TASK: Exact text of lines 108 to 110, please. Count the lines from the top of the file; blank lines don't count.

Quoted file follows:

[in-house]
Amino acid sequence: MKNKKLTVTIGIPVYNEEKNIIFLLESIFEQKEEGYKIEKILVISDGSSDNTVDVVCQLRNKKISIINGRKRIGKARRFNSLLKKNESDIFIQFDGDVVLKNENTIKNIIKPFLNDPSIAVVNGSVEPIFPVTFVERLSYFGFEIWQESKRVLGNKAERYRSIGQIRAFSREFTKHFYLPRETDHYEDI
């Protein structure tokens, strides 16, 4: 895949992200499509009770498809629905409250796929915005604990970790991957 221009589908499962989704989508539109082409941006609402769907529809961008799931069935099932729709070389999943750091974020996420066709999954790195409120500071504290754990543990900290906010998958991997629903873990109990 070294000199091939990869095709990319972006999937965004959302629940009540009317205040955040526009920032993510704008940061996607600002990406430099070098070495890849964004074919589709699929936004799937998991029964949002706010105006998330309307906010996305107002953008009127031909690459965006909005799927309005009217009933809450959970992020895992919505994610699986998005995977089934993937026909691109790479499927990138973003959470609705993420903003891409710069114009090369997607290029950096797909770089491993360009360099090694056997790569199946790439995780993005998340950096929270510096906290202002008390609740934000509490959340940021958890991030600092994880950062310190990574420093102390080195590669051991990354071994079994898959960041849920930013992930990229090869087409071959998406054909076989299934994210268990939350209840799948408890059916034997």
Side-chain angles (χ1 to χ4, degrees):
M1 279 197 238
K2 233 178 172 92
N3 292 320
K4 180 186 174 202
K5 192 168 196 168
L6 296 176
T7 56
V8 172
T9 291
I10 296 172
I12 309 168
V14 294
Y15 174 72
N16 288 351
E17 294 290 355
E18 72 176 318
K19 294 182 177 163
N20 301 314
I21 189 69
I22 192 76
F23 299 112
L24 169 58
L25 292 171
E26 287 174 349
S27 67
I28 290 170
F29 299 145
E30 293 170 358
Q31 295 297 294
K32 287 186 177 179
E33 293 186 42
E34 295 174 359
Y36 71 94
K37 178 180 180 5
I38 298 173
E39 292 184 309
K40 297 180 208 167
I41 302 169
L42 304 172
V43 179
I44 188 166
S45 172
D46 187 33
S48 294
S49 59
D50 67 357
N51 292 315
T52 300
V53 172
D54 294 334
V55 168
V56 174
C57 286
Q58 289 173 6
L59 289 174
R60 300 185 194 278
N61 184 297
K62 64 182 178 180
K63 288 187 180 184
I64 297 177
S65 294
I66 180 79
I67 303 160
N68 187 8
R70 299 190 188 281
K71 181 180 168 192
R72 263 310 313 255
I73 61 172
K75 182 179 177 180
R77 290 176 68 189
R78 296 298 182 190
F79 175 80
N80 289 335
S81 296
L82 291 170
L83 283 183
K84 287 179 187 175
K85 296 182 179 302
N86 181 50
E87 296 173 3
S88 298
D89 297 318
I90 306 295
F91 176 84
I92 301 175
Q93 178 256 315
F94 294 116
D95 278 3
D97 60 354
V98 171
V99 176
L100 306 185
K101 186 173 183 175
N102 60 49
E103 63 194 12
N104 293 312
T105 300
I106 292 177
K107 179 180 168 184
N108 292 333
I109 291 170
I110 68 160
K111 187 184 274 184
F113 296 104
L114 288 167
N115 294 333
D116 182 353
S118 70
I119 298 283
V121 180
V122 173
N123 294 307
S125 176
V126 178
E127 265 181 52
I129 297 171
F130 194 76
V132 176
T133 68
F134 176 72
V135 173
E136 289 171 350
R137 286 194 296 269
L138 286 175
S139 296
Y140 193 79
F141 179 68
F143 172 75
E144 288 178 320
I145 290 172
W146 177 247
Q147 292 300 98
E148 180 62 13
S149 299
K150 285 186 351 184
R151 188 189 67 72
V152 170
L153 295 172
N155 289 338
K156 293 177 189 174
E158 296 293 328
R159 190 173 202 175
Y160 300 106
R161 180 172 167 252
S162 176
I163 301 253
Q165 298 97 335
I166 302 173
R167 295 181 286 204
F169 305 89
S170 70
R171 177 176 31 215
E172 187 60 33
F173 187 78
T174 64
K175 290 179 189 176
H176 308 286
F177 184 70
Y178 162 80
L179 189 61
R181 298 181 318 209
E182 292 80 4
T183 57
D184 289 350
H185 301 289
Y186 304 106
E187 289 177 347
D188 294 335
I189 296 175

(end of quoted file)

F113 296 104
L114 288 167
N115 294 333